I tell myself to keep things ‘light.’ By this I mean not to think too much of dark and depressing things. This is why I avoid the news as much as I can. It’s not so much that I am saddened by the misery happening in the world, it’s that this very misery is making me feel not so bad about my situation. That feeling of comparing my suffering to others’ sickens me. It’s what the Germans call Schadenfreude. It’s not so much taking pleasure in the misery of others as feeling a bit less miserable because of that suffering. At least that’s my interpretation of that specific condition. So I avoid the news because it brings out this ugly aspect of myself. By this ‘lightness’ which is my ideal I mean humor. Funny things. A light-heartedness. The Thai have a specific word for it and which translates into English as a ‘cool heart.’ I want a cool heart. I want a cool heart and a cool head. It is said that we desire what we lack. Do I lack these things?

I sometimes have these manic episodes where I just clean my room. I dust the furnitures, my books, my things, I sweep the floor, I then mop it, I arrange things. The arranging takes quite a long time. It’s like I want everything to fit into this schema that has suddenly appeared in my head. It’s a mental itch that does not easily go away until it falls into the reality of my room. Often when after hours of arranging, things still do not ‘fit,’ I just overload and stop. I drop whatever it is that I am holding, I leave things half-way done. I simply give up, sit down, like my mind has encountered an error and has to shut down for a while.

I like repairing things. The electric fan that I am using now I repaired myself. It’s a Frankenstein sort of thing, with parts from older damaged fans that I have cobbled together using wires and electrical tape. The electrical tape is red in color. The propeller does not automatically turn left and right because I pulled out those parts of the machine that makes the electric fan do that motion. The grills that cover the propeller gathers so much dust sometimes that I am very careful not to touch it for fear that the dust would be disturbed and fill my room.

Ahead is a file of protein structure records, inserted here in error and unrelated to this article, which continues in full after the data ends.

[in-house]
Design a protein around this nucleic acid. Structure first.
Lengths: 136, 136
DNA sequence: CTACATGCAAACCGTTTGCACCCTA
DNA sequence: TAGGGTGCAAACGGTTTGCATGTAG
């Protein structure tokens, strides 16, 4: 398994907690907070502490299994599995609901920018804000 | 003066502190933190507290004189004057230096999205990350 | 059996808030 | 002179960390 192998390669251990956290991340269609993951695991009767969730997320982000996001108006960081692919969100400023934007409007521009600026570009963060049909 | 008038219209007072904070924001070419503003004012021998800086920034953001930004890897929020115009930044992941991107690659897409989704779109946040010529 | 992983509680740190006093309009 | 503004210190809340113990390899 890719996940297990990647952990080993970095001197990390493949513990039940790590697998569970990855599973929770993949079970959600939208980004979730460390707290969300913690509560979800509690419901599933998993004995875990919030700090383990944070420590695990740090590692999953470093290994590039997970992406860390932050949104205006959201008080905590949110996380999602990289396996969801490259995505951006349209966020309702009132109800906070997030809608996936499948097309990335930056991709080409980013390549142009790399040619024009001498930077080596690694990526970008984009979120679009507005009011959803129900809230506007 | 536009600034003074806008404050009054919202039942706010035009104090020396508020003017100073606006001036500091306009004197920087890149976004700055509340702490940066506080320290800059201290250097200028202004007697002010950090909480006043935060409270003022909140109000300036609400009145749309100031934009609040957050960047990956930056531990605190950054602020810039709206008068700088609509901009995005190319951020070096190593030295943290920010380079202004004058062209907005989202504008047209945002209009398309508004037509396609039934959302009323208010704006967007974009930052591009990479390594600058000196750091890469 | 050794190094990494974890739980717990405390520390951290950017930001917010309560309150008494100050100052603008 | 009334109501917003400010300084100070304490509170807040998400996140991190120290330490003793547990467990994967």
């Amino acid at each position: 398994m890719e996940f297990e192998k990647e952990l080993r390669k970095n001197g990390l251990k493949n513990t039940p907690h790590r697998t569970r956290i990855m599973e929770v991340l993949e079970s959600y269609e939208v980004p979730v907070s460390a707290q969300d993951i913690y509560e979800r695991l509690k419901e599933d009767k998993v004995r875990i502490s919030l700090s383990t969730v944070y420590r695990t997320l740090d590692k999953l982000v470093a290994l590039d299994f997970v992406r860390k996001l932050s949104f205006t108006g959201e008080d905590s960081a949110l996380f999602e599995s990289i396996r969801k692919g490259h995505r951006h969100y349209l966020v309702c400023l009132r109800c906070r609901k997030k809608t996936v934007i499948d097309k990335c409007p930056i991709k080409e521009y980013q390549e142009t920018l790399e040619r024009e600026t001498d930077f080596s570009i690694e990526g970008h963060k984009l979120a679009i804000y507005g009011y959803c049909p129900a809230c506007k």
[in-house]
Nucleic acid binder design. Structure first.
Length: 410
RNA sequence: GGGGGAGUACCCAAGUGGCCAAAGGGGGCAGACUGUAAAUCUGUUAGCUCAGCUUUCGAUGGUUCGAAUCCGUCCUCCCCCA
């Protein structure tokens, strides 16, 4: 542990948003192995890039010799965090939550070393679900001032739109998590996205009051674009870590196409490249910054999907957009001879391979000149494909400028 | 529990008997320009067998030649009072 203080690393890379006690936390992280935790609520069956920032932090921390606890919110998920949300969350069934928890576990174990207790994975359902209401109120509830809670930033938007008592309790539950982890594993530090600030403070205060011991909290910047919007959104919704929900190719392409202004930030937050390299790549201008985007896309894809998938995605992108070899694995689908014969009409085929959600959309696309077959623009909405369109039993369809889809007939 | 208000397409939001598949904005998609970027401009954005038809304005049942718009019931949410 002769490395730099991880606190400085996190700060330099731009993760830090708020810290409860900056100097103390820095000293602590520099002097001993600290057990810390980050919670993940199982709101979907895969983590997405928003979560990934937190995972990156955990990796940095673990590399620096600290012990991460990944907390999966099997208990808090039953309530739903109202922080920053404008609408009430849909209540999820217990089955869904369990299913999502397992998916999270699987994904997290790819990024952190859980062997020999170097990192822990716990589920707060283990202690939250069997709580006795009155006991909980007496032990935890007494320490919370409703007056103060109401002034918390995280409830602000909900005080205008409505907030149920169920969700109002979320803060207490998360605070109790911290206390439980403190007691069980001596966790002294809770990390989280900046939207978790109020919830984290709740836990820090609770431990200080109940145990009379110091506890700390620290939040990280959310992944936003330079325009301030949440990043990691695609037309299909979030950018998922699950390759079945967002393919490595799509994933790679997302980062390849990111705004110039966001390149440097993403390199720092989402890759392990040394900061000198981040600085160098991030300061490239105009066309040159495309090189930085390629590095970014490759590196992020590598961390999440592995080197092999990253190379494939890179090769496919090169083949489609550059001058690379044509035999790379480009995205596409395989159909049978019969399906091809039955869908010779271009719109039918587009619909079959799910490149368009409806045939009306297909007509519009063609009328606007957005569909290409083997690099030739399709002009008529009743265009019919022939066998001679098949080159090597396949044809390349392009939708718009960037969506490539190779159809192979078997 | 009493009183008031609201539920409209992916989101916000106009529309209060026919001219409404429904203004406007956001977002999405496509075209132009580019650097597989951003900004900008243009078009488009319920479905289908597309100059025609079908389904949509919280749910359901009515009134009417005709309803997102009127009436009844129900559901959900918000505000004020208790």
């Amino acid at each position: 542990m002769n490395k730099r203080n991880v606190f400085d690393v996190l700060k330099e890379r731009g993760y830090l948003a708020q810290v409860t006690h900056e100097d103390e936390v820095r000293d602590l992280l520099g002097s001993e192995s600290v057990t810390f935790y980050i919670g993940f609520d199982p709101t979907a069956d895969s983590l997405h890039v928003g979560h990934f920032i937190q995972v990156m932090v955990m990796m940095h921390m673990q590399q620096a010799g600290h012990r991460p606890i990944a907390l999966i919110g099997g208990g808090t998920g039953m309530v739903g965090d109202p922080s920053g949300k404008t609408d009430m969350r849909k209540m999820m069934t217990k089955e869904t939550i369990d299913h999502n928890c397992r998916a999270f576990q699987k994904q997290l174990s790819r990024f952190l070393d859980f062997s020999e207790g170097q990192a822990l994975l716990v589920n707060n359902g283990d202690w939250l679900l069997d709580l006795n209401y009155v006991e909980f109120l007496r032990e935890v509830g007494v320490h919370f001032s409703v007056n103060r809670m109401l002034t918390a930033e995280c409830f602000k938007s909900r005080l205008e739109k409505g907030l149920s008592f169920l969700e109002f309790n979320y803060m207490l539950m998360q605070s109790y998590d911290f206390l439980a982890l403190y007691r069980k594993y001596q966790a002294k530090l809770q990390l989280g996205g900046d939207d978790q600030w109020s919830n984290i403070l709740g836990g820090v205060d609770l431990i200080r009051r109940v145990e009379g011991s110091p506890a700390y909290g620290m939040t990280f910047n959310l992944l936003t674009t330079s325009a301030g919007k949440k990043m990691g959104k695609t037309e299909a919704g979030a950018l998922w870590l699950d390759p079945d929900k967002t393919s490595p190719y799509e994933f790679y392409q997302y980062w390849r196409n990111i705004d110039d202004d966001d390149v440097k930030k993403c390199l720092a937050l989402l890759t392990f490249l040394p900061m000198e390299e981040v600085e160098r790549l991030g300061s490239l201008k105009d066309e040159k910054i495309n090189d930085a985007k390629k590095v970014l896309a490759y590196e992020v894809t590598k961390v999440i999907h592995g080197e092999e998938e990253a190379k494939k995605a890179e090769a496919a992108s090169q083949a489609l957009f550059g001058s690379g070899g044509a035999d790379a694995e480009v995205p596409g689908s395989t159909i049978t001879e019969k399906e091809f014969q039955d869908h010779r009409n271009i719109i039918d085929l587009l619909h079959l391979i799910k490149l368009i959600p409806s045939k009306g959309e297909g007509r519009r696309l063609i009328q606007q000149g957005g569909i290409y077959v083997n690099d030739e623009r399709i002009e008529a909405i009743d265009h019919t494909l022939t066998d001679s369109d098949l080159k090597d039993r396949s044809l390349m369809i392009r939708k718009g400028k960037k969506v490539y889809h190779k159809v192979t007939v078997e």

I keep the center of my room empty. All my furnitures – the table, the plastic containers with my clothes, my table on top of which are placed my laptop, my scanner and other electronics – all are arranged around this empty center. Above this center, on the ceiling, is the fluorescent light. It’s a white cylinder of glass that has been in use for so long that it’s no longer very bright. It used to be that I could barely stare at it. Now I can look at it just fine. There are spots on the surface of the glass that are yellow in color. I wonder how it came to be there.

My books are arranged to my left. By ‘arranged’ I mean piled one on top of the other so that they look like mini sky-scrapers. I have read most of these books. I collected them through the years. These are the distillation of more than ten years of collecting and donating and lending, and sometimes stealing. I have books borrowed by friends that are still to be returned. One book is entitled ‘The Art of Loving’ by Erich Fromm. It was borrowed by a classmate of mine in a history class back in college. Another book is ‘Living Dolls, A Magical History of the Quest for Mechanical Life’ by Gaby Wood. It was a lucky find of mine in a secondhand bookstore around 2008 back in college in the City. I remember the cover was very iconic. It was a photo of a hand of a marionette. The back has a square hole so that you can see the mechanism inside that makes it move. A few years later I would use that book as a source in a paper on the topic of cyberpunk.

I am now sitting on my bench which also functions as my bed. It is made of wood and it is cushioned. This bench/bed does not have a backrest so I placed it flush to the wall, so the wall acts as a backrest. It is early morning here, and cold, and the fan is blowing air straight into me shooing the mosquitoes and other insects away. I love the sound it makes, I believe it’s called ‘white noise.’ I wind down at around two in the morning, and fall asleep to the sound of the fan filling my room.


Weird Dream 15 Nov 2014

My folks and I were travelling some place and we stopped by a sari-sari store to get something to drink. Just then I noticed this massive mountain-eclipsing wave. It reminded me of that traditional Japanese print called “The Great Wave off Kanagawa” (1829) by Hokusai. It loomed like a wall behind the mountain range. This mountain range was about a few kilometers from the side of the highway where we were standing sipping our drinks. 1280px-The_Great_Wave_off_Kanagawa